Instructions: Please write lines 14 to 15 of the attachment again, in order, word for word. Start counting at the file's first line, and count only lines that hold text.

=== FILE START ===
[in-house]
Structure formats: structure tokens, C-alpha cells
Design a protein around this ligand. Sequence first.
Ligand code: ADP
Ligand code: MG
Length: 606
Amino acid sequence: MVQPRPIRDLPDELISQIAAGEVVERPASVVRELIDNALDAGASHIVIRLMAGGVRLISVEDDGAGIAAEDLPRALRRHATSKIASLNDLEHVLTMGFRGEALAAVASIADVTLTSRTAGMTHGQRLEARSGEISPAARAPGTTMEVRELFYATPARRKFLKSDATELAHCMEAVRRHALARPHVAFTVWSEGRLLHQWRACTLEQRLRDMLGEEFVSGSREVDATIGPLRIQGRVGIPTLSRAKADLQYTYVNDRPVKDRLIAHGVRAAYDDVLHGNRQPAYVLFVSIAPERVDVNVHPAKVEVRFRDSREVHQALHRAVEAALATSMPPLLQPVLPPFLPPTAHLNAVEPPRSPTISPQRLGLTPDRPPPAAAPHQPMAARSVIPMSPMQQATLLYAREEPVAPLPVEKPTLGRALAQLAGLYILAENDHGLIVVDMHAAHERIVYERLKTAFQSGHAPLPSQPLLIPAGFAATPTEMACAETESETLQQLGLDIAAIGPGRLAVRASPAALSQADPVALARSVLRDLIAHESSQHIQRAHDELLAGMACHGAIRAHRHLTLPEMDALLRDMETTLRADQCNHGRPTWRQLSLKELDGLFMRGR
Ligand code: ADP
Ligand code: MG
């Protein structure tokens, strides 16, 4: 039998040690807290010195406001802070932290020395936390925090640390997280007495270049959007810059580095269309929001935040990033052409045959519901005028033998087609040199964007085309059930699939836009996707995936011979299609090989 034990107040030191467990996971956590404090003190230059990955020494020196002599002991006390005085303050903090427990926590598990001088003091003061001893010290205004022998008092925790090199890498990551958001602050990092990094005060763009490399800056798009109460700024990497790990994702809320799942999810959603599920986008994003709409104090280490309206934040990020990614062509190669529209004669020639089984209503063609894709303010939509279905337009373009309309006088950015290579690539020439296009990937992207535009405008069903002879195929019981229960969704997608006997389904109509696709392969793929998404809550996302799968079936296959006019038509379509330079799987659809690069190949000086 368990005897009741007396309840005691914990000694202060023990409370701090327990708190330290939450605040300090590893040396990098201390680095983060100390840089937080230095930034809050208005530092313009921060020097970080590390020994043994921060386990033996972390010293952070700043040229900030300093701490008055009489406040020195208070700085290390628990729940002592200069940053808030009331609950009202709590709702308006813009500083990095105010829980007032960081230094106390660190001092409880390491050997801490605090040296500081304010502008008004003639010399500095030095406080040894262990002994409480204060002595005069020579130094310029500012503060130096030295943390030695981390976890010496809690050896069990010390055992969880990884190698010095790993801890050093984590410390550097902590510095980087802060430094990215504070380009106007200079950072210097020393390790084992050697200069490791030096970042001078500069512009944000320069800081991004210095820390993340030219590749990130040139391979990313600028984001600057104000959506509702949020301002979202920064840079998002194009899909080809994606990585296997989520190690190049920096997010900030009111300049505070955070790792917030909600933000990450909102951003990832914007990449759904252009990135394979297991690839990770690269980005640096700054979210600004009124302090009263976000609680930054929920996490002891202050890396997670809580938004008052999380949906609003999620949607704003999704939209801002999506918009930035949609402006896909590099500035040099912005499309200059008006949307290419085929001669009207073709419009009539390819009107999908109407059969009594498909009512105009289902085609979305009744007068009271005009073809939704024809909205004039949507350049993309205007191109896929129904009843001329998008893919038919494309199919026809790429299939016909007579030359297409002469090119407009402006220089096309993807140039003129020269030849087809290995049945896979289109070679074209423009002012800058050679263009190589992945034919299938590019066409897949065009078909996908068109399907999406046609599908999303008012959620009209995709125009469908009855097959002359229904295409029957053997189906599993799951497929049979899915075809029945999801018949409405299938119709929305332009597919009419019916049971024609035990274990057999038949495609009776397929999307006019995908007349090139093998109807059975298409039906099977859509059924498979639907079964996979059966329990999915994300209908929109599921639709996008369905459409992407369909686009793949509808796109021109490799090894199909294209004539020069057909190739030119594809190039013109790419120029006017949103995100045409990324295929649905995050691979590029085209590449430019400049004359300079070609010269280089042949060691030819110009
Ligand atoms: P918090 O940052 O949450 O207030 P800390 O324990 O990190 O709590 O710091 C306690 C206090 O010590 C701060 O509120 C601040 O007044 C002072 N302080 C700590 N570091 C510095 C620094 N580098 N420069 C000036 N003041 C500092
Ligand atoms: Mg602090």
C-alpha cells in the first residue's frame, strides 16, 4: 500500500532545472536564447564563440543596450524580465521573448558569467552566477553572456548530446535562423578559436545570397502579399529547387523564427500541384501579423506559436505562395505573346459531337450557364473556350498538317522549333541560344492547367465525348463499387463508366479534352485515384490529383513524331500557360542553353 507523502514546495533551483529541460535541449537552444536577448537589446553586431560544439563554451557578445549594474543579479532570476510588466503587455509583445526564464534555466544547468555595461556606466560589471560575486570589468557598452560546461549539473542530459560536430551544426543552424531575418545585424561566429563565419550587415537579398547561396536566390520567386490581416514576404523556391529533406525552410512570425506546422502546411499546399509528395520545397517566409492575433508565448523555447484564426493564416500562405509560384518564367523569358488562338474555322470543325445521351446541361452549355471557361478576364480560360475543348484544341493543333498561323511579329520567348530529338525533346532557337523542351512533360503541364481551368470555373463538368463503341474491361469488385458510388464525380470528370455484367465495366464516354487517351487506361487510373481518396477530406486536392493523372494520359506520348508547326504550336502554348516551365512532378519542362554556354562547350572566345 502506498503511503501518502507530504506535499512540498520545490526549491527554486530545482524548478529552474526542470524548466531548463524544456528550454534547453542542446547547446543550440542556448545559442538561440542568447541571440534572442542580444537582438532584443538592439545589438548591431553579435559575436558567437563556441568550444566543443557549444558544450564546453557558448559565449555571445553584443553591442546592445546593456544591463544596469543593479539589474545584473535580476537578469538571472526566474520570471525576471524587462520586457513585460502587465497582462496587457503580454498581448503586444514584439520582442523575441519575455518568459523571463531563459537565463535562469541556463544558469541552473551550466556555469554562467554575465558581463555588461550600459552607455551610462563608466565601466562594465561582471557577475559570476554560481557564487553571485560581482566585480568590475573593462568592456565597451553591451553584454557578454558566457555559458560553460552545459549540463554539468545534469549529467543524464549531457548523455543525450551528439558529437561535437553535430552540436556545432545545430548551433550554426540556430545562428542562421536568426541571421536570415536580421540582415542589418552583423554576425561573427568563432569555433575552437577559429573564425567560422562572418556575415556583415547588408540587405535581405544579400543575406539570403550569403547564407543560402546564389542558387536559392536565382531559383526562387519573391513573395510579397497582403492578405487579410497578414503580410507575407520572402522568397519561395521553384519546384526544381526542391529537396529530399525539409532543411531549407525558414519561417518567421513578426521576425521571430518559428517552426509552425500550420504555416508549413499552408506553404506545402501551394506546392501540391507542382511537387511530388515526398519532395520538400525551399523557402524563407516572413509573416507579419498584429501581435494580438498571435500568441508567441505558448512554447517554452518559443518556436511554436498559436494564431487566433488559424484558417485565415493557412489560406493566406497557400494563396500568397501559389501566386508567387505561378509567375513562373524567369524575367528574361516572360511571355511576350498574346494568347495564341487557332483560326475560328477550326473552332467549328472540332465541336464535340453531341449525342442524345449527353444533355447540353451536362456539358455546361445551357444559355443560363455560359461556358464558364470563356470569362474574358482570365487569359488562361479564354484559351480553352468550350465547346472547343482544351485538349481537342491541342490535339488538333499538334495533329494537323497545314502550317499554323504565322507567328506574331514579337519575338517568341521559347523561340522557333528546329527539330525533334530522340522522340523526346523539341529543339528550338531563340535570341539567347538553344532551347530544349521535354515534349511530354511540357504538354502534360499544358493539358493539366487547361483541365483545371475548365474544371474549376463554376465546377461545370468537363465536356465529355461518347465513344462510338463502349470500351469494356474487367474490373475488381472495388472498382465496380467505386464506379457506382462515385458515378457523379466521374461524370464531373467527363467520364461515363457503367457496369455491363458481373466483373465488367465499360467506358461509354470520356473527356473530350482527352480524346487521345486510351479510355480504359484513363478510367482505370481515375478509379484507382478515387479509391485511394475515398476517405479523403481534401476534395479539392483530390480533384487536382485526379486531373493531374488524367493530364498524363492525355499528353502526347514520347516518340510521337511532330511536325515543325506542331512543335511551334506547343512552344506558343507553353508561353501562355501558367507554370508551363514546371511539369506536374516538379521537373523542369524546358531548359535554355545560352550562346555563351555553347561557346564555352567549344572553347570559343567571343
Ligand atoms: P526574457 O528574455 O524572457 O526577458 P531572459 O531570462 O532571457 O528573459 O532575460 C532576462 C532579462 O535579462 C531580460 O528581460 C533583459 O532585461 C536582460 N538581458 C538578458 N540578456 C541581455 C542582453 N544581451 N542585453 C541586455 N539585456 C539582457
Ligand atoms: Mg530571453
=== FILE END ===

Ligand atoms: P526574457 O528574455 O524572457 O526577458 P531572459 O531570462 O532571457 O528573459 O532575460 C532576462 C532579462 O535579462 C531580460 O528581460 C533583459 O532585461 C536582460 N538581458 C538578458 N540578456 C541581455 C542582453 N544581451 N542585453 C541586455 N539585456 C539582457
Ligand atoms: Mg530571453